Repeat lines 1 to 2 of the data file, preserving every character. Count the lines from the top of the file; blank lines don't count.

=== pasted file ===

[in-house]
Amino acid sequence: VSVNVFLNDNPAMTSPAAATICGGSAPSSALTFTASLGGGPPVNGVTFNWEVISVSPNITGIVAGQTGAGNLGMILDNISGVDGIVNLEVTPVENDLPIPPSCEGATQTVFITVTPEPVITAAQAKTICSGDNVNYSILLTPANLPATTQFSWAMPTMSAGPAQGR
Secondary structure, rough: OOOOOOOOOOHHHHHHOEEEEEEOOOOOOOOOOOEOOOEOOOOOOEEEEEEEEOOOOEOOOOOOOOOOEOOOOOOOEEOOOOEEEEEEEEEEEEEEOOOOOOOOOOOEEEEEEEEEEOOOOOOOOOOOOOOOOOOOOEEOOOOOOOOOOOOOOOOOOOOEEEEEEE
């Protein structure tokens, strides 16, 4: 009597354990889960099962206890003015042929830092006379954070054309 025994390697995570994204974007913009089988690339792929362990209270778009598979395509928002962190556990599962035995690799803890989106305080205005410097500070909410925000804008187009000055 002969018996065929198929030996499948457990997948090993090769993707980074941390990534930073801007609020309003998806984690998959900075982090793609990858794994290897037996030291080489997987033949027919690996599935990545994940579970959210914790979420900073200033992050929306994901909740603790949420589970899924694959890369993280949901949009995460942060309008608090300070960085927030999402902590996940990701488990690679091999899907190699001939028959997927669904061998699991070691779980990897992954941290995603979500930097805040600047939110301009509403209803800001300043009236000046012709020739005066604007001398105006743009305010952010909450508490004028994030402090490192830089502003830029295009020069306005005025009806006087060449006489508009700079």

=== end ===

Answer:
[in-house]
Amino acid sequence: VSVNVFLNDNPAMTSPAAATICGGSAPSSALTFTASLGGGPPVNGVTFNWEVISVSPNITGIVAGQTGAGNLGMILDNISGVDGIVNLEVTPVENDLPIPPSCEGATQTVFITVTPEPVITAAQAKTICSGDNVNYSILLTPANLPATTQFSWAMPTMSAGPAQGR